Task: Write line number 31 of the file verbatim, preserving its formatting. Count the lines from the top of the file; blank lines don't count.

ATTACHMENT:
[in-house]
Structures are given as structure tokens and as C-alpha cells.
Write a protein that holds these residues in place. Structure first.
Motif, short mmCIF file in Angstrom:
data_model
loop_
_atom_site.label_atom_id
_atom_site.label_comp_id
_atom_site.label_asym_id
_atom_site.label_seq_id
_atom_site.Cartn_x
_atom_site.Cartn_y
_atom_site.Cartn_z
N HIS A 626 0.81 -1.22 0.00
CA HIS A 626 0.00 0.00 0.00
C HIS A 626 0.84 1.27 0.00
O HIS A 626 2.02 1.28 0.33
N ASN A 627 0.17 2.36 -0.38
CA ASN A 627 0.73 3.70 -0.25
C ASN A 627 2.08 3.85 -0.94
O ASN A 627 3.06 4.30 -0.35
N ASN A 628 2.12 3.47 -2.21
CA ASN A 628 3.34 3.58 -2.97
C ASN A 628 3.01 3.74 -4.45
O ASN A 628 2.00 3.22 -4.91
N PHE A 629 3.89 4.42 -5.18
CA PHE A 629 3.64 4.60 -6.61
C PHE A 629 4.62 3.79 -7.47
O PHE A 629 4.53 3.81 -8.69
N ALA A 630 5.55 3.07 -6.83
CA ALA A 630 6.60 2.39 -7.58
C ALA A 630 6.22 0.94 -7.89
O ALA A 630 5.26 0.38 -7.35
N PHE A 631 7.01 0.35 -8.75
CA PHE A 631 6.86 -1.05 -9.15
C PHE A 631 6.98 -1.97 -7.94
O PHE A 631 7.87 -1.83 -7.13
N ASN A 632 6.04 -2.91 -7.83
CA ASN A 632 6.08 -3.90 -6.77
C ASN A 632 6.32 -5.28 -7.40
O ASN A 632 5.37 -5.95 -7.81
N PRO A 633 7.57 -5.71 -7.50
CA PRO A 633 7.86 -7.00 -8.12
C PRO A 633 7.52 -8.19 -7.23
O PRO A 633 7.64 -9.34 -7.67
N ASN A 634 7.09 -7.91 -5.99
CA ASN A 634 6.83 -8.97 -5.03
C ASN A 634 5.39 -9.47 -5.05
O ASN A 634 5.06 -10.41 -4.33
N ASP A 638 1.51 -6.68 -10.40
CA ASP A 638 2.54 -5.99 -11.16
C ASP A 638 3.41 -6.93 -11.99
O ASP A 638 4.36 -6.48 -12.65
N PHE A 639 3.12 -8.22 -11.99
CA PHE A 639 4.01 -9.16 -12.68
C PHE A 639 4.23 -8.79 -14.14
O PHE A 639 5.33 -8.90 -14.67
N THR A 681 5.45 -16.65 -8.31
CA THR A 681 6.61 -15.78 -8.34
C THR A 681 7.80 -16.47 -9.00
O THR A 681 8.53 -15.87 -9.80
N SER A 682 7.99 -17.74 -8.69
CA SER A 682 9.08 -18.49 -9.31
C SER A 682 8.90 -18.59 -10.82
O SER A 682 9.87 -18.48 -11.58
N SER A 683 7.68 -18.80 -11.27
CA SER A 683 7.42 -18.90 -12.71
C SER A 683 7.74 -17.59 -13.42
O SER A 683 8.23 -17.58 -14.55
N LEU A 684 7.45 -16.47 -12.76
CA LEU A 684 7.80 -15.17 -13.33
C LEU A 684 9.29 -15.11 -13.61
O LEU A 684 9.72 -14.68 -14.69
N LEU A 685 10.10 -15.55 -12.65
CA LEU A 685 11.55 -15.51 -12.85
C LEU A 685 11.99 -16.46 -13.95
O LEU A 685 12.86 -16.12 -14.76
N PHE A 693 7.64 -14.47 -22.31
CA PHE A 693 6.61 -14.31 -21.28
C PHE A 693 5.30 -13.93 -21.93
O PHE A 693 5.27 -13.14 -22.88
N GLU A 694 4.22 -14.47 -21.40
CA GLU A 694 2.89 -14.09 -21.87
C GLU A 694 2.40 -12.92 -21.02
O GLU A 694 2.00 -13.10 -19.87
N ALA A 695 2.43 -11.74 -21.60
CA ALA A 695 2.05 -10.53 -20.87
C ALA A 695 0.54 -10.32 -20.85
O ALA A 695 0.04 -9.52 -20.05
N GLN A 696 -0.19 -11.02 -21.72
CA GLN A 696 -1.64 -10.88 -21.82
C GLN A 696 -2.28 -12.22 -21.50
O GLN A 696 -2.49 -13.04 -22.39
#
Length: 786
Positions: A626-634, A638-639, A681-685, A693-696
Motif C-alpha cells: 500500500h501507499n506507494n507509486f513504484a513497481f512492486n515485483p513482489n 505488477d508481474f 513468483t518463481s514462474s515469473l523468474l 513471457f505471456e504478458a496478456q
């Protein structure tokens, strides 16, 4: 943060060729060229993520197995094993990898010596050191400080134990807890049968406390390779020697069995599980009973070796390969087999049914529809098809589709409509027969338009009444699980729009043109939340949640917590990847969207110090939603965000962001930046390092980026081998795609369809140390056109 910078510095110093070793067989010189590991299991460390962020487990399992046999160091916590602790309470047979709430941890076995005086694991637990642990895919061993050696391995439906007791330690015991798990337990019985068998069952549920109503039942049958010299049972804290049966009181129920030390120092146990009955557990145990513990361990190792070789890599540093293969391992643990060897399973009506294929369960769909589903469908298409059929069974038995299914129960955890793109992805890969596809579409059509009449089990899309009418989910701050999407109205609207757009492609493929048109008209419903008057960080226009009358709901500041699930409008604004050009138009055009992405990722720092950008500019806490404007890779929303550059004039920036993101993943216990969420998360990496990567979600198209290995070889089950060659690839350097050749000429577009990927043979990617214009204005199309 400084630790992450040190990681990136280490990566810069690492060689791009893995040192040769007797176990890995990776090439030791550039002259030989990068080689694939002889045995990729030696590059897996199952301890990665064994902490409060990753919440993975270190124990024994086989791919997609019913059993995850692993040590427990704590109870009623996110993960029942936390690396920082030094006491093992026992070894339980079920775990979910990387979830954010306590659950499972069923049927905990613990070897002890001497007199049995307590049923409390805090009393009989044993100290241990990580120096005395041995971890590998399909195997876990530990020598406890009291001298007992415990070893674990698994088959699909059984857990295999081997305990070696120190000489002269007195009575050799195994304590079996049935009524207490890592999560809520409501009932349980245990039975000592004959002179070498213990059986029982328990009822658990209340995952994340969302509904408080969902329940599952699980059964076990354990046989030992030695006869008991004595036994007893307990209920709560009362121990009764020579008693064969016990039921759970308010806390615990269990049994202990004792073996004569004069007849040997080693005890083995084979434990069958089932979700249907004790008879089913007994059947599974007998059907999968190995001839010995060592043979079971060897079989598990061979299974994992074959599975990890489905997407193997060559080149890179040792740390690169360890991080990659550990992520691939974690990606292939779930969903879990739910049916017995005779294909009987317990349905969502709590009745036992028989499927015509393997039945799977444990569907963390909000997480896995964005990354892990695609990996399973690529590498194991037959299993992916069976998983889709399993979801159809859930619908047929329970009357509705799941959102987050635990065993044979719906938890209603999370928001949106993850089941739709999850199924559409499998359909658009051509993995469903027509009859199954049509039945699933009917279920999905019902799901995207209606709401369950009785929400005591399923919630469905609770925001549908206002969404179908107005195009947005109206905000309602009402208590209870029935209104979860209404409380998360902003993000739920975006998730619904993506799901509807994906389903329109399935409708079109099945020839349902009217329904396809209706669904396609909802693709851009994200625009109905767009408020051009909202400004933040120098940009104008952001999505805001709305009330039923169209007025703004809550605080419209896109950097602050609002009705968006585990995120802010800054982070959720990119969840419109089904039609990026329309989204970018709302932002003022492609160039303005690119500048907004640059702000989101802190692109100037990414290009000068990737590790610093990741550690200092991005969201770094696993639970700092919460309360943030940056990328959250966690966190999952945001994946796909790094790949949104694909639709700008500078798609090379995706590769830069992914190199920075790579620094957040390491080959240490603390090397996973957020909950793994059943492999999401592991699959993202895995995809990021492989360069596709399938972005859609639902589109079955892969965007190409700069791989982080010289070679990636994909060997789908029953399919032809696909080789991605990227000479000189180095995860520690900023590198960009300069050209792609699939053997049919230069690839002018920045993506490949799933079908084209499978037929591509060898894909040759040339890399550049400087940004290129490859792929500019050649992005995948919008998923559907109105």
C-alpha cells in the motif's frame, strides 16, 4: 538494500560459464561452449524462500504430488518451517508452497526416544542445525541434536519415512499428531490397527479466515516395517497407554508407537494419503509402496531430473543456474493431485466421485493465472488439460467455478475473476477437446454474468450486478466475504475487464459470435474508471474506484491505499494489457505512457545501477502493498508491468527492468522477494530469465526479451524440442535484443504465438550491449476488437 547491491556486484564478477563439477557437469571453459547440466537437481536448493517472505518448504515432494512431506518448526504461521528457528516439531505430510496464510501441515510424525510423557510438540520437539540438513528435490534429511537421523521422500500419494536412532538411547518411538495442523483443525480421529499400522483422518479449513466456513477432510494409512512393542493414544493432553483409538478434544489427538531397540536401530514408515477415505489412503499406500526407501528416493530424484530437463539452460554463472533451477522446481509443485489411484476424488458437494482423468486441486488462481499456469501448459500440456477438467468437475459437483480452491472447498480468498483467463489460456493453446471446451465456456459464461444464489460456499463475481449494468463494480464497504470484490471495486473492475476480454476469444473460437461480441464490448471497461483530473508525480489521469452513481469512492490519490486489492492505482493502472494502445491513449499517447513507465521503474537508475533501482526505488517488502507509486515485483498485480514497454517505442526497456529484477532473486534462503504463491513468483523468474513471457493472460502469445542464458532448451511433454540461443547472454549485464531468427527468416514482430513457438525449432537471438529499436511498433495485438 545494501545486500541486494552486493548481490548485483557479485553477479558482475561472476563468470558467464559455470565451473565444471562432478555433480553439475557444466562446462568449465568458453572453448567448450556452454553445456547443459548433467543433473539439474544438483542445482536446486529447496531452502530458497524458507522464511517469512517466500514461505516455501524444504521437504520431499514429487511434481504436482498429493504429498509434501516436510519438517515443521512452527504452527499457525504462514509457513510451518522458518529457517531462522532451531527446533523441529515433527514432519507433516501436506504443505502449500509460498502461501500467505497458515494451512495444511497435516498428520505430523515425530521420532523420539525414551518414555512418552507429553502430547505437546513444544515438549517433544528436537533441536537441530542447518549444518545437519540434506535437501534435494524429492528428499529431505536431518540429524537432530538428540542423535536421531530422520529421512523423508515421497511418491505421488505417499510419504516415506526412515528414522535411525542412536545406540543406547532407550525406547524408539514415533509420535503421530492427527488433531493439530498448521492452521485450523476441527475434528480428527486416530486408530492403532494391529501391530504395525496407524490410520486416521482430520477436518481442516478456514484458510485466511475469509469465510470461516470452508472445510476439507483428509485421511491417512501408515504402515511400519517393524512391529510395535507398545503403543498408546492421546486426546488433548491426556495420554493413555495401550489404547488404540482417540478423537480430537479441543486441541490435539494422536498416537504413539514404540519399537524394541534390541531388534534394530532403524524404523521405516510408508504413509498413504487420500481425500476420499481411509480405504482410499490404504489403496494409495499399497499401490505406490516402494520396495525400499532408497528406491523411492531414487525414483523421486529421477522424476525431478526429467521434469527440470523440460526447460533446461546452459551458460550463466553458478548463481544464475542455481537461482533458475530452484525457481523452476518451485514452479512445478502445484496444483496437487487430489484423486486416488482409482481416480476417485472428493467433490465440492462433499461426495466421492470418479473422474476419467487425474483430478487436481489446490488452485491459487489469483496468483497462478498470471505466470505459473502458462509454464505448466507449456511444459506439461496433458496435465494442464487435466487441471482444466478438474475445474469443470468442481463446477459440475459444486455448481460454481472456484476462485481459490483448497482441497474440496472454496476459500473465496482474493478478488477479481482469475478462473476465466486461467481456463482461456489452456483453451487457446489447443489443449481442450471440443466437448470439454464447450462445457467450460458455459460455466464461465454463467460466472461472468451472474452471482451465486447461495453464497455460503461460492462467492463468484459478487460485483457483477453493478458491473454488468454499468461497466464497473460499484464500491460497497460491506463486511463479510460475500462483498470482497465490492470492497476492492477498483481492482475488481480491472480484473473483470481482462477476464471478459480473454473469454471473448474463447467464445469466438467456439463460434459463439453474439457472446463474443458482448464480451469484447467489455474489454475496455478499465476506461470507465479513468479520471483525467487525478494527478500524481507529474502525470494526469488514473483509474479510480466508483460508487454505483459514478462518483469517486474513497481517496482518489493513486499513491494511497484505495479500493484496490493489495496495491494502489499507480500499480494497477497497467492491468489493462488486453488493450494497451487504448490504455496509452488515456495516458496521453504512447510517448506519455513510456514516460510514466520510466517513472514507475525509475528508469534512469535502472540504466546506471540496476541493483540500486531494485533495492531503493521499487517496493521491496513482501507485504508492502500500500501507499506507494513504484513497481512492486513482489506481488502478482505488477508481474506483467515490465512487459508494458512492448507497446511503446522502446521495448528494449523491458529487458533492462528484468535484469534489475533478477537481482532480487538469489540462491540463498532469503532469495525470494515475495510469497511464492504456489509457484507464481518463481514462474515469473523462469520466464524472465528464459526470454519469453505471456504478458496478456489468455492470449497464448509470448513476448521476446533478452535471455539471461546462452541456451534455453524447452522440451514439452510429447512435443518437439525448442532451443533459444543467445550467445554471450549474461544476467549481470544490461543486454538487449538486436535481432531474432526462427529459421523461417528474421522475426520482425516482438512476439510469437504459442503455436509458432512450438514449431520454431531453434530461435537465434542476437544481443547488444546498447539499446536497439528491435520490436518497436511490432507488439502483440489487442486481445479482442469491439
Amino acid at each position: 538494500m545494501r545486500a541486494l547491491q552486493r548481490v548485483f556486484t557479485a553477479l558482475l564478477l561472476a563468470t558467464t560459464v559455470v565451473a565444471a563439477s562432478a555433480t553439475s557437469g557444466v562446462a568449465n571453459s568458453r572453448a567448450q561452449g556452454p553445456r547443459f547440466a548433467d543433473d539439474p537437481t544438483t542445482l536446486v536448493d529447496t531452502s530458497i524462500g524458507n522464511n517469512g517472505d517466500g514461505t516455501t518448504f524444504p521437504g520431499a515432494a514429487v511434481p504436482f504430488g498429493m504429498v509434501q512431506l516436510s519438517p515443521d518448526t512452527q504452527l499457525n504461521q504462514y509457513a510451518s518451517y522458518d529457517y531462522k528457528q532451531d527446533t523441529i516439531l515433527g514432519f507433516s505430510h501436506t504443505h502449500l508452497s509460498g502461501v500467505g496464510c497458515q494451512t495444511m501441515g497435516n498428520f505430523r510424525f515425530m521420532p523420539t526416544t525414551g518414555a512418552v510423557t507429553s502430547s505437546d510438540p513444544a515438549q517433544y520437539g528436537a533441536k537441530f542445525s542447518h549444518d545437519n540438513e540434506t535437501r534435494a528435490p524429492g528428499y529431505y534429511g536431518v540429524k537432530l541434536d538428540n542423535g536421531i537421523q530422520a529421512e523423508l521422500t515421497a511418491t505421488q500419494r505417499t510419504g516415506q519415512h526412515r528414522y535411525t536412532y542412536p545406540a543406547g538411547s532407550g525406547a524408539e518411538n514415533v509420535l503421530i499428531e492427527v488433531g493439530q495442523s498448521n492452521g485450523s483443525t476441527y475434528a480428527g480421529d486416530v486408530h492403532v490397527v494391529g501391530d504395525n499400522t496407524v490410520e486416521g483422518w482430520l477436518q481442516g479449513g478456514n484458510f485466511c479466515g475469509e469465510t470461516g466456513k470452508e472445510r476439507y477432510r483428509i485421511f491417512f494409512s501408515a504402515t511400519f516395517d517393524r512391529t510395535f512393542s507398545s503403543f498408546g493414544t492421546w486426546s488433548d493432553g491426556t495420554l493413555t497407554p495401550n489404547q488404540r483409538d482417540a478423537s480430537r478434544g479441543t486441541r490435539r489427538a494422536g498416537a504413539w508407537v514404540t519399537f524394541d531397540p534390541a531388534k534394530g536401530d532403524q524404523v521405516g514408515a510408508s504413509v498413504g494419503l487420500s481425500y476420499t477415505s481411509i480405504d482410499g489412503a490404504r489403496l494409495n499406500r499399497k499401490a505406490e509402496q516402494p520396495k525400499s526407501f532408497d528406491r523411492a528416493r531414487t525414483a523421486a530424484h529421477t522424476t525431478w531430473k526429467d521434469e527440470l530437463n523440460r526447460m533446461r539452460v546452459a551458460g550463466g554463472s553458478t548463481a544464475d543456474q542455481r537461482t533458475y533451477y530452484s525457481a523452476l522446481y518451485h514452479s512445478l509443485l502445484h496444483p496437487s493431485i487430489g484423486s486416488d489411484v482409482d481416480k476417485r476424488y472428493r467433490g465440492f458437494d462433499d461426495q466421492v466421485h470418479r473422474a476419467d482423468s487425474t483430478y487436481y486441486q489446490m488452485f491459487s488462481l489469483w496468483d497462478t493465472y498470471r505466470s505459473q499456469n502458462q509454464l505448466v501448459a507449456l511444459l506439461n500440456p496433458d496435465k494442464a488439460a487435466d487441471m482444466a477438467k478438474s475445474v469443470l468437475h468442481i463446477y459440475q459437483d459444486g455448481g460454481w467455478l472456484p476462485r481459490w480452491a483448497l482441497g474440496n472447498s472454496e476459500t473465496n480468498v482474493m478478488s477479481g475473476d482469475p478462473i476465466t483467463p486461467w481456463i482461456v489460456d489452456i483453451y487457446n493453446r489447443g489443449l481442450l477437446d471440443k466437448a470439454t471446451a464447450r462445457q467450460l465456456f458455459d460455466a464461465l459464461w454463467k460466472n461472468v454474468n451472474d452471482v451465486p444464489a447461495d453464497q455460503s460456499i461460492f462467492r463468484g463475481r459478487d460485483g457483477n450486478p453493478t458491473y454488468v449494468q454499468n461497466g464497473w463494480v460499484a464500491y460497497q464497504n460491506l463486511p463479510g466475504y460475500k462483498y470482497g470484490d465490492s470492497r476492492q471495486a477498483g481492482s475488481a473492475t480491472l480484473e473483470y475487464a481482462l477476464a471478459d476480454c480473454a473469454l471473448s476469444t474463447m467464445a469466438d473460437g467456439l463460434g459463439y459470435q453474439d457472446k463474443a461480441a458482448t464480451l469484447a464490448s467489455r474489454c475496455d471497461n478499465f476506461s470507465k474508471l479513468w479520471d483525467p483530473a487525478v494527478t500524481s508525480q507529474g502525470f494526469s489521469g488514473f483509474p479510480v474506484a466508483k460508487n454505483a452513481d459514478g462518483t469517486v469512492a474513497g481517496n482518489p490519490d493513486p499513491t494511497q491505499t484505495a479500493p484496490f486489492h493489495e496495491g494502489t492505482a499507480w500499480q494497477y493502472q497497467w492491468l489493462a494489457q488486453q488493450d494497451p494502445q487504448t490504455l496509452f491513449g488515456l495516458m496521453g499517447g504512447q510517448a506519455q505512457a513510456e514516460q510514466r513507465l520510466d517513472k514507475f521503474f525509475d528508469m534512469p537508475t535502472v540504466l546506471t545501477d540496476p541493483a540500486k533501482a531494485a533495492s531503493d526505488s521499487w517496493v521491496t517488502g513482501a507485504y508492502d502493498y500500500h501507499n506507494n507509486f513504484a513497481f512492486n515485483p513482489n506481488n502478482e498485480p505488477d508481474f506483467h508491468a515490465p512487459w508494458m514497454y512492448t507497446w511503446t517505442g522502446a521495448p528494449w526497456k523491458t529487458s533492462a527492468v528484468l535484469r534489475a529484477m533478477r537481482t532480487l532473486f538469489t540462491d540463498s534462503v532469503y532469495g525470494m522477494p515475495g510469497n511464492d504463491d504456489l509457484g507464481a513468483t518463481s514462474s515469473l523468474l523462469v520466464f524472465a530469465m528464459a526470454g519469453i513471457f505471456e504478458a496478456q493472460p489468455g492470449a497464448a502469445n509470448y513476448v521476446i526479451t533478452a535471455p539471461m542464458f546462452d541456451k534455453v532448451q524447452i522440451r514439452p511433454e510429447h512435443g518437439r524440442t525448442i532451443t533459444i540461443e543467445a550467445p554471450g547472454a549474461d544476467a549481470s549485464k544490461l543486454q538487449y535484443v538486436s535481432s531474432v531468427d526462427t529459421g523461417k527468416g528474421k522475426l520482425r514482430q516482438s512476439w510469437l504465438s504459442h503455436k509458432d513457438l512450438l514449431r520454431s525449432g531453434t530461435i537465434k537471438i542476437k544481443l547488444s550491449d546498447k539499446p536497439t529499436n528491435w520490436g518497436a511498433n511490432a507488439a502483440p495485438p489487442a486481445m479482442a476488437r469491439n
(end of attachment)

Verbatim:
CA ALA A 630 6.60 2.39 -7.58